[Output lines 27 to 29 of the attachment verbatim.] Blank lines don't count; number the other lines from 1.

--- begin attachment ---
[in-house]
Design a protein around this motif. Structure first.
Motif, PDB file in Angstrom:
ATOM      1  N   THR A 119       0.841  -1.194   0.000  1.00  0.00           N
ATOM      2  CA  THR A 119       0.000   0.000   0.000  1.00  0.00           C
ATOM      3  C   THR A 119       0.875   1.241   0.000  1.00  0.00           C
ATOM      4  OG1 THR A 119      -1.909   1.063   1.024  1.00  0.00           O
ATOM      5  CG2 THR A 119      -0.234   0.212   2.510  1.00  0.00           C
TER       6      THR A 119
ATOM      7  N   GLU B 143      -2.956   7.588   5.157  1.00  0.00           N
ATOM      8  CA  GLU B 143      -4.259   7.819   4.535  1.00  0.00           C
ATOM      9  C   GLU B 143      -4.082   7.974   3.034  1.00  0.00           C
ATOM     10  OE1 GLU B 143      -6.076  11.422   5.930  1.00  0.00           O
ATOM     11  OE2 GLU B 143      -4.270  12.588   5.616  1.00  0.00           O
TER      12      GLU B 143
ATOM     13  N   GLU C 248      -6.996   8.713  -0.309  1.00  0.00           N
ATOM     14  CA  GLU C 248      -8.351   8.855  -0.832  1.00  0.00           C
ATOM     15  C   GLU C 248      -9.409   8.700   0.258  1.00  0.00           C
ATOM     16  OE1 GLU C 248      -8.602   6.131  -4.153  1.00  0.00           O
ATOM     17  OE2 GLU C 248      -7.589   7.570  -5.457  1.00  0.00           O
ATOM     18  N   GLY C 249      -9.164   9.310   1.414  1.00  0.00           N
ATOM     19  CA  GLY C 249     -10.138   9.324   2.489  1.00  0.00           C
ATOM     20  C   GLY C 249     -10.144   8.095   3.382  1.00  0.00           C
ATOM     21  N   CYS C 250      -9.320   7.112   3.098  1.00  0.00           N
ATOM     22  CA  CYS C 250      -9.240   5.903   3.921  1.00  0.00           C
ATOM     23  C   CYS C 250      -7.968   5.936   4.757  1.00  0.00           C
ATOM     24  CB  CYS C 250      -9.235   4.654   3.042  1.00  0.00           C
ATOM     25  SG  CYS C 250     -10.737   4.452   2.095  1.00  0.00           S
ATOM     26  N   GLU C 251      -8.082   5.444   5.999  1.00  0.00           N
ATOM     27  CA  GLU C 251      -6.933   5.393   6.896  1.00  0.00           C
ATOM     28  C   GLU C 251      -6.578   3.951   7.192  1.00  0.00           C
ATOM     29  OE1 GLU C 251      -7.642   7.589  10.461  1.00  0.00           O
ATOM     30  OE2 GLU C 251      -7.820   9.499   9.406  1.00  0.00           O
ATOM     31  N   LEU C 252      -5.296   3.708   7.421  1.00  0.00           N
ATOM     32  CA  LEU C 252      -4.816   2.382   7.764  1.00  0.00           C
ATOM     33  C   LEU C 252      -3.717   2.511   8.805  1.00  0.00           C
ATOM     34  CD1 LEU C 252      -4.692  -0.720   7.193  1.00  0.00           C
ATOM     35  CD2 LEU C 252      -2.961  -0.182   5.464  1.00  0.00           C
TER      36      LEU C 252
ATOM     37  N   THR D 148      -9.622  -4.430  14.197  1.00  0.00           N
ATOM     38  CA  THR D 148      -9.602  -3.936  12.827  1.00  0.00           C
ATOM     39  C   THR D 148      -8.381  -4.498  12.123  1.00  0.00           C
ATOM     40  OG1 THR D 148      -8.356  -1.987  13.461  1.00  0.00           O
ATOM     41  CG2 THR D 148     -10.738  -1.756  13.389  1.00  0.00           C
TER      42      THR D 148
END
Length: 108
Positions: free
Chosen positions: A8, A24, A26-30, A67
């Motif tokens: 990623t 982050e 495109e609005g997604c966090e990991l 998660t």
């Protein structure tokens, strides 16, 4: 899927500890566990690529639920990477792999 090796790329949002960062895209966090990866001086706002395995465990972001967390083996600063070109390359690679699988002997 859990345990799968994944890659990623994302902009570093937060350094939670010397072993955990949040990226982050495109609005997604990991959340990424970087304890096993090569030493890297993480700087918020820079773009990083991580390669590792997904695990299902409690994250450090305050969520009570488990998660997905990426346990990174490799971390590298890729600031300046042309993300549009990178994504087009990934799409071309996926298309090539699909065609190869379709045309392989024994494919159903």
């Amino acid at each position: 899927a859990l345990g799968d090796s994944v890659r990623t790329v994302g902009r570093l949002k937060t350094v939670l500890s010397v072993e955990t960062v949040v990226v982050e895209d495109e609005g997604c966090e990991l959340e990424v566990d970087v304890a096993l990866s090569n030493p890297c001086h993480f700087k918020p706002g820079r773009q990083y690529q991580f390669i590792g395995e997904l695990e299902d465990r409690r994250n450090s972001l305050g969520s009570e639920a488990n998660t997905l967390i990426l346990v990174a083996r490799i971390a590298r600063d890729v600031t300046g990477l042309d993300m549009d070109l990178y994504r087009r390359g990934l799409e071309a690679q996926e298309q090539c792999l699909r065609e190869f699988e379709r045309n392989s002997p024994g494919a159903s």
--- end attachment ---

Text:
ATOM     24  CB  CYS C 250      -9.235   4.654   3.042  1.00  0.00           C
ATOM     25  SG  CYS C 250     -10.737   4.452   2.095  1.00  0.00           S
ATOM     26  N   GLU C 251      -8.082   5.444   5.999  1.00  0.00           N